The Beauty of Delight


Periodically I’m struck by the sudden power of familiar words ~ of words which we are so accustomed to hearing that we hardly attend to them. Last week it happened when I was praying the opening confession in (daily) Morning Prayer. After referring to what ‘we have done and left undone,’ we express our repentance, and ask for God’s mercy. There then follow some remarkable words, which we say to God. With them, we identify why we ask for God’s mercy: it is so “that we may delight in your will, and walk in your ways, to the glory of your Name.”

I’m sure these words stood out to me because— like many of you—I am still grieved by the horrible Pennsylvania report, charging dozens (if not more) of Roman Catholic clergy with sexual abuse. Even bishops and cardinals have been involved. And then, on the heels of that troubling news, came word that two men close to the President were now convicted felons. And, one of them has implicated the Commander in Chief regarding immoral and possibly illegal activity.

This leaves me wondering about us as a people and nation. How and why have we strayed so far from walking in God’s ways? And then, remembering the words of the confession, I was struck by this realization: maybe it’s because we no longer delight in God’s will. To seek and accept God’s will; to respect and be obedient to it ~ these are fundamentally different from delighting in it. And this may be the key.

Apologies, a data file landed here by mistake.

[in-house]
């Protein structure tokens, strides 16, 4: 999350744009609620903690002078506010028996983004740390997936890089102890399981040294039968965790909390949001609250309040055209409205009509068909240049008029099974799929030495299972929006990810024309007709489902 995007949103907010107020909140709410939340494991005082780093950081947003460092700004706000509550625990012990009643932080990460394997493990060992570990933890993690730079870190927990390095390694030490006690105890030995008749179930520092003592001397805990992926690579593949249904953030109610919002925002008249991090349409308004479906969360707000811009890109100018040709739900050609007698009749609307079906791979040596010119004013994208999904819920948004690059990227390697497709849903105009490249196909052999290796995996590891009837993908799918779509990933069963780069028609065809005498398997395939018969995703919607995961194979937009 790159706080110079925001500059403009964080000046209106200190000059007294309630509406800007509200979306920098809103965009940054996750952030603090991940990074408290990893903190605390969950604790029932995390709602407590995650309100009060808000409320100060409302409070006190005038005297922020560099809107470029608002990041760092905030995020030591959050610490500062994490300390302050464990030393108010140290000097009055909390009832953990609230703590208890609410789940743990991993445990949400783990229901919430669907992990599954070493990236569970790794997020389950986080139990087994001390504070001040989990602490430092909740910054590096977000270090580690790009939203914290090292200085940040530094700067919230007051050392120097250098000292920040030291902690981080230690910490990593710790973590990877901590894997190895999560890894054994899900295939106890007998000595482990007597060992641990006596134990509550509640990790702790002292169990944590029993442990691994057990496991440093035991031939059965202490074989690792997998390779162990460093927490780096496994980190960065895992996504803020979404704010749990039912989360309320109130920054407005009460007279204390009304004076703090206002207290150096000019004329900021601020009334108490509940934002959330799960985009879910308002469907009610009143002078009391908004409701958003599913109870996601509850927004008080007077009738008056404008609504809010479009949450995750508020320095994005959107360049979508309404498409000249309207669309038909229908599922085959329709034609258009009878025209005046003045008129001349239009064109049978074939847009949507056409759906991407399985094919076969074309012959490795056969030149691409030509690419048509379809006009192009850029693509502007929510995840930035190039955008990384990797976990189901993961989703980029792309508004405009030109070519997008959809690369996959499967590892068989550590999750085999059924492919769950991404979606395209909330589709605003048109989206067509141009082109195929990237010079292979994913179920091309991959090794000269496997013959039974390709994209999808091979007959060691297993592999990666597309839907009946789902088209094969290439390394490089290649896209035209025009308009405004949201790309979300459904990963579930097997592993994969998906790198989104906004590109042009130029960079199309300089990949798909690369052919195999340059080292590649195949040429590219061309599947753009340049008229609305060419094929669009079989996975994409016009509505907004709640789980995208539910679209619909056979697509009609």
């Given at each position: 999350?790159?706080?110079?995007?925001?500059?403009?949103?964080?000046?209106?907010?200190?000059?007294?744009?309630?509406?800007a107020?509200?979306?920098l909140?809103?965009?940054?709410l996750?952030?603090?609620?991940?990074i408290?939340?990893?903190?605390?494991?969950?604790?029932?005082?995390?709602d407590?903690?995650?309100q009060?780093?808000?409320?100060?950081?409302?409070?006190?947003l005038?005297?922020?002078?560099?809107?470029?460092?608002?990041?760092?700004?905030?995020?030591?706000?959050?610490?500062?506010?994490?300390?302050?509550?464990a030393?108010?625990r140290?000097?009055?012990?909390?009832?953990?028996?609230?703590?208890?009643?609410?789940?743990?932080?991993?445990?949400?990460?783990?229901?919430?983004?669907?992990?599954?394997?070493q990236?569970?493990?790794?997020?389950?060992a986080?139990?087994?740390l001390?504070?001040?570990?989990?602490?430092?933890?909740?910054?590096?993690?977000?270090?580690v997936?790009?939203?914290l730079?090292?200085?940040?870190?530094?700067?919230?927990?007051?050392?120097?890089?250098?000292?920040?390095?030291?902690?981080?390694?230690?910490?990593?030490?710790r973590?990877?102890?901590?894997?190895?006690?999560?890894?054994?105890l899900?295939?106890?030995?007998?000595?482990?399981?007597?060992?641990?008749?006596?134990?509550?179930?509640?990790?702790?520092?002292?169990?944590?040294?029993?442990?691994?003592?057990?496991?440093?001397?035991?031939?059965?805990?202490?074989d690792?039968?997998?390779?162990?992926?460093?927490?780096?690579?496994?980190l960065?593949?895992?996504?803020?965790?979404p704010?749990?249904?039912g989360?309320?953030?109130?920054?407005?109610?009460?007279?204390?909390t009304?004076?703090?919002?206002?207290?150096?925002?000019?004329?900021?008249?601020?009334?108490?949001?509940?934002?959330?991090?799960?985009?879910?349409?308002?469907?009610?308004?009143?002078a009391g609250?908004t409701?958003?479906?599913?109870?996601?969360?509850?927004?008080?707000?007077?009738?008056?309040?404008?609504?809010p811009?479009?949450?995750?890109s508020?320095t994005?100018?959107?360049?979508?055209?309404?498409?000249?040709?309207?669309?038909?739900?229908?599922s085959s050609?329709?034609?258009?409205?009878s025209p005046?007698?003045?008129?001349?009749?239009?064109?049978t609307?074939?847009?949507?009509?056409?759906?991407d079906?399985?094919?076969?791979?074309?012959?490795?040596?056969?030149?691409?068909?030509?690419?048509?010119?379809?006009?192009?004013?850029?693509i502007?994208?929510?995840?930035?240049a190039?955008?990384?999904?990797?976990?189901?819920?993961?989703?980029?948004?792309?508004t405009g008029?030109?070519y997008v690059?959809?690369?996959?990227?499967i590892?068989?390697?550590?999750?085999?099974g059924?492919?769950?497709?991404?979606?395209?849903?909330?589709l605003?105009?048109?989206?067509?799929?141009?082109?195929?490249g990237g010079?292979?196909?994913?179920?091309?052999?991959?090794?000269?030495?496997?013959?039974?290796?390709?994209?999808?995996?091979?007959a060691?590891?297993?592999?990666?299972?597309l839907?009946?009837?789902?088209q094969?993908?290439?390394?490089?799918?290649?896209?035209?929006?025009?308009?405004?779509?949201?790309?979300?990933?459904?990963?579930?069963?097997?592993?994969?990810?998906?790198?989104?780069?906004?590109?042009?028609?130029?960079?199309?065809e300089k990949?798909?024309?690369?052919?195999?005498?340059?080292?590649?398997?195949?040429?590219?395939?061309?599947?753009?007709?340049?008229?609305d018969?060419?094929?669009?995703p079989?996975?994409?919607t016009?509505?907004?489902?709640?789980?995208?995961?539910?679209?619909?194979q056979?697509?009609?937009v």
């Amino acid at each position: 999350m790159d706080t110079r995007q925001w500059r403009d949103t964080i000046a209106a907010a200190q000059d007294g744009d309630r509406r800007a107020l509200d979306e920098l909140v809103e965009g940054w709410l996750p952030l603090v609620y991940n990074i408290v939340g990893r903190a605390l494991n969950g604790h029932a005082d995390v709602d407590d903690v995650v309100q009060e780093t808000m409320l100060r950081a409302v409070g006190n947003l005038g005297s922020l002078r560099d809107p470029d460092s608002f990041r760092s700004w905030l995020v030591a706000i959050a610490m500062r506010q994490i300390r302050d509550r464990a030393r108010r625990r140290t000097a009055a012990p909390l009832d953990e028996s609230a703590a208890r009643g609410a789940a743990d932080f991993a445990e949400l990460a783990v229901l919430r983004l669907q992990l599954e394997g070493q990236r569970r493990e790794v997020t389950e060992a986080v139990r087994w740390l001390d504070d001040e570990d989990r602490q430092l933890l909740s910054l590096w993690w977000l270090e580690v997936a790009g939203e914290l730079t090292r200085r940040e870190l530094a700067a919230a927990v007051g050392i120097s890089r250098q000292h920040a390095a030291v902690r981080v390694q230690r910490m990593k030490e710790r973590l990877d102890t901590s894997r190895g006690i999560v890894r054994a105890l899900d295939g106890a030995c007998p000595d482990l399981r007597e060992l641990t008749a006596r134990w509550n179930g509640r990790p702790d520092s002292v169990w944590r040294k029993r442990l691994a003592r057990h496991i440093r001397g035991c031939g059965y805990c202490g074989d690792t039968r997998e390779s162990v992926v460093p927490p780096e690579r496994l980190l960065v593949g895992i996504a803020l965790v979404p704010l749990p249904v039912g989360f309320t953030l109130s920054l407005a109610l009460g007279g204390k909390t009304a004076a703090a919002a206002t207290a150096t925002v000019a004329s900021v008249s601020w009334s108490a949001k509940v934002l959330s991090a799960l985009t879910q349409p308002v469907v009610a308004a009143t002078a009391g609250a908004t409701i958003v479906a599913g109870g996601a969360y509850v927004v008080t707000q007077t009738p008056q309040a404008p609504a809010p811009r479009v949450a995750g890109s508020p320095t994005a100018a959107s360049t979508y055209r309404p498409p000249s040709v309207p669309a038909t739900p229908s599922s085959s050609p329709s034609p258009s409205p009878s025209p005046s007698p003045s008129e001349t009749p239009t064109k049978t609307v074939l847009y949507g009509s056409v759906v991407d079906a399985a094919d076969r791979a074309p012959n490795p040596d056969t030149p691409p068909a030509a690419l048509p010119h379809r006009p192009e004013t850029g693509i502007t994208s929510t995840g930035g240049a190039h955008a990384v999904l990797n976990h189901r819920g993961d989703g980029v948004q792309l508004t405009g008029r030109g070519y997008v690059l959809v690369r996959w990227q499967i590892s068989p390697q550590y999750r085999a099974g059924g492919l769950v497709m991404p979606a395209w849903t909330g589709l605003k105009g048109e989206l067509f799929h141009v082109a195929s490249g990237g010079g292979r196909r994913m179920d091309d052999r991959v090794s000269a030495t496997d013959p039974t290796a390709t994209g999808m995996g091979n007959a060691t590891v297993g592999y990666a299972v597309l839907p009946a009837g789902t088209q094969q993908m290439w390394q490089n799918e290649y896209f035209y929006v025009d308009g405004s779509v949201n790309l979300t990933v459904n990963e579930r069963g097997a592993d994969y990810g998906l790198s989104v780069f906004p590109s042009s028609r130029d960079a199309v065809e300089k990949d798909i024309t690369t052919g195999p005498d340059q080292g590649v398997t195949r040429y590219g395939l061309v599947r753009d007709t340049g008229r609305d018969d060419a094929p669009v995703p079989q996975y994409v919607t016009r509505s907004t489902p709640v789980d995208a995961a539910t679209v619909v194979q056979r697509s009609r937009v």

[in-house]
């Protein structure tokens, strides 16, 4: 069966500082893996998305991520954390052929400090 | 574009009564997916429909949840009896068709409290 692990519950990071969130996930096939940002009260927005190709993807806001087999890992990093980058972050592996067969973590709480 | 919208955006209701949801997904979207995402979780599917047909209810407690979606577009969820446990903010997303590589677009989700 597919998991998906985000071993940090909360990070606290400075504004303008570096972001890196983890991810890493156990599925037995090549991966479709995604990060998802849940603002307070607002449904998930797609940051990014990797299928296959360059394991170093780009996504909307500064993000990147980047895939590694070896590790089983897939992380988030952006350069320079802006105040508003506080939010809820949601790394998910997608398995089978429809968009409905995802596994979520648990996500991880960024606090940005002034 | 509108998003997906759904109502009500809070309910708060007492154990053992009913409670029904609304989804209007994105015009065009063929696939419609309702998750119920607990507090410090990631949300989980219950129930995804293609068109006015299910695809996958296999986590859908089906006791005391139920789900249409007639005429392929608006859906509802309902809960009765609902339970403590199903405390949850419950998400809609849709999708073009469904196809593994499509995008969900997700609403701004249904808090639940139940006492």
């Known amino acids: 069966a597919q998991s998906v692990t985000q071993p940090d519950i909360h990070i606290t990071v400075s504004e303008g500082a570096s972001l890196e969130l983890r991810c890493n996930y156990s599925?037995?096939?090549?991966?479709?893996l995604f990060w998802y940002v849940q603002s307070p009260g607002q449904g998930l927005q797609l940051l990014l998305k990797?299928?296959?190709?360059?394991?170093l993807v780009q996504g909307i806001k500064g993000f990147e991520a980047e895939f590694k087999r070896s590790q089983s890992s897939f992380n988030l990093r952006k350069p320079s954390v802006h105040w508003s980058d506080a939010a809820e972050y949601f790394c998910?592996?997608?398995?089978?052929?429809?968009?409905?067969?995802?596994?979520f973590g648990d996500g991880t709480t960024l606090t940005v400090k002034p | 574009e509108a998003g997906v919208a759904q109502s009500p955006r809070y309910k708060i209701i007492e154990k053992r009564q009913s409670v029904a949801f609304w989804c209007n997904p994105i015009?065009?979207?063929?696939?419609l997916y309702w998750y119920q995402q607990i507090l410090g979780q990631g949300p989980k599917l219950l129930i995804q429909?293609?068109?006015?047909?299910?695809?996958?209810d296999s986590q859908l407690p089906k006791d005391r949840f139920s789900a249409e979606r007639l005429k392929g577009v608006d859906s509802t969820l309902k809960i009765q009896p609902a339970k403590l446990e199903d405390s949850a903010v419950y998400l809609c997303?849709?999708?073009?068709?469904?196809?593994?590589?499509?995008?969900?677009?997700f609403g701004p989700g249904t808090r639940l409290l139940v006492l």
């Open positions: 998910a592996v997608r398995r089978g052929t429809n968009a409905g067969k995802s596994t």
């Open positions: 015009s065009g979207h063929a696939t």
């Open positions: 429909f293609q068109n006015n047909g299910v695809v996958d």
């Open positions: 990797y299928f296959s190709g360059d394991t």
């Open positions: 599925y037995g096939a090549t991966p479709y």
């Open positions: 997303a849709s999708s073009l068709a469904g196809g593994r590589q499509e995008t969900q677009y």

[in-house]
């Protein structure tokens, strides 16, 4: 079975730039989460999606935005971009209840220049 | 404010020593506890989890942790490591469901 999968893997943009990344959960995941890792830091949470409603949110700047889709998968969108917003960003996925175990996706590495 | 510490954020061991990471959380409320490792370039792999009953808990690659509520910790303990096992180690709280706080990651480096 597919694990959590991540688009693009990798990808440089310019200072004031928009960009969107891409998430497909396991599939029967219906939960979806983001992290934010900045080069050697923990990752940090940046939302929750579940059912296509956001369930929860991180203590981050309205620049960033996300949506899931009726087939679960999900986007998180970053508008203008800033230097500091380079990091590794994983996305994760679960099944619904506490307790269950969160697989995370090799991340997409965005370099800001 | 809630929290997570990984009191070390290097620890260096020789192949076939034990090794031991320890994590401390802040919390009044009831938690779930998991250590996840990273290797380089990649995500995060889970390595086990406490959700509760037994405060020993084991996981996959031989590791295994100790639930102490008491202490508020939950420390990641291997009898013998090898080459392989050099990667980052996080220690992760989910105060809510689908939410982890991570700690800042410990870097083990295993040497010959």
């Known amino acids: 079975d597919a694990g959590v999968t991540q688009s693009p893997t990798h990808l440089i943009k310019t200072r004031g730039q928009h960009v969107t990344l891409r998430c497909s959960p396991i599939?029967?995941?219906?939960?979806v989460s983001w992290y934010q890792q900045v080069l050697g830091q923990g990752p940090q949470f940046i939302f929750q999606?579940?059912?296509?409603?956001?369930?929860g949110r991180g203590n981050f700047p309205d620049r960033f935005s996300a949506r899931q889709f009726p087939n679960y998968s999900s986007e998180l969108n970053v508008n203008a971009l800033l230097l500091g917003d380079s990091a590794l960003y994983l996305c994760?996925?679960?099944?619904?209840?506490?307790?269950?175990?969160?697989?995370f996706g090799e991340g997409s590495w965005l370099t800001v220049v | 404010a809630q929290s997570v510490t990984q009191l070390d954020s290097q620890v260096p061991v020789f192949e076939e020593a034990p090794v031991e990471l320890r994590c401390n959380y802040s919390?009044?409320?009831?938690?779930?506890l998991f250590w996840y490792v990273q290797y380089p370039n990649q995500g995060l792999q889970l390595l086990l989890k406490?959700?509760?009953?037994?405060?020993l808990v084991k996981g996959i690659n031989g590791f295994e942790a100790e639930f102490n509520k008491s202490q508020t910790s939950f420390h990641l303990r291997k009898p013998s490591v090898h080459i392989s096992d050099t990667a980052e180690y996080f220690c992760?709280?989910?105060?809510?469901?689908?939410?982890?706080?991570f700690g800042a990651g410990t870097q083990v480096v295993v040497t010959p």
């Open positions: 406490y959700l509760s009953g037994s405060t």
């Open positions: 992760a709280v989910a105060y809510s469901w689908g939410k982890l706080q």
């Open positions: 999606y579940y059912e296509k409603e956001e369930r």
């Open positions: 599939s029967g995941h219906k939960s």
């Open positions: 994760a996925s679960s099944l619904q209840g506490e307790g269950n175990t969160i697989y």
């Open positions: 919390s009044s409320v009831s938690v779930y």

In what do I delight? In what do you delight? Probably it is someone or something you love. I recognize this right away when I see a cute picture of one of my grandchildren. I love them. And I greatly delight when I see them happy, having fun and being creative. Closely related to this kind of delighted appreciation for someone or something we love, is joy. We joy in those in whom we delight, and we love them through joyfully delighting in them.

But we face a challenge here. For we live in a culture in which we have lost our appreciation for the important difference between passive feelings, and acts of virtue. If delight, love and joy are merely feelings, and feelings we hope that others will evoke in us, then we have sold these virtues short. For, in the spirituality and ethics of our great tradition, delight, love and joy are noble acts.They are not just feelings, because practicing these virtues builds character, both within ourselves and in our communities. Thomas Aquinas is remembered for saying that “joy is the noblest human act.” How true! He meant that we choose to take joy in the Lord, and in God’s merciful Providence. This helps us delight in God’s will, and live in God’s love.


This post is based on my homily for Sunday, August 26, 2018, which can be accessed by clicking here. The photo above is of my good friend Stuart, who takes great joy in fishing every day for lake trout, and who delights in catching and releasing them.

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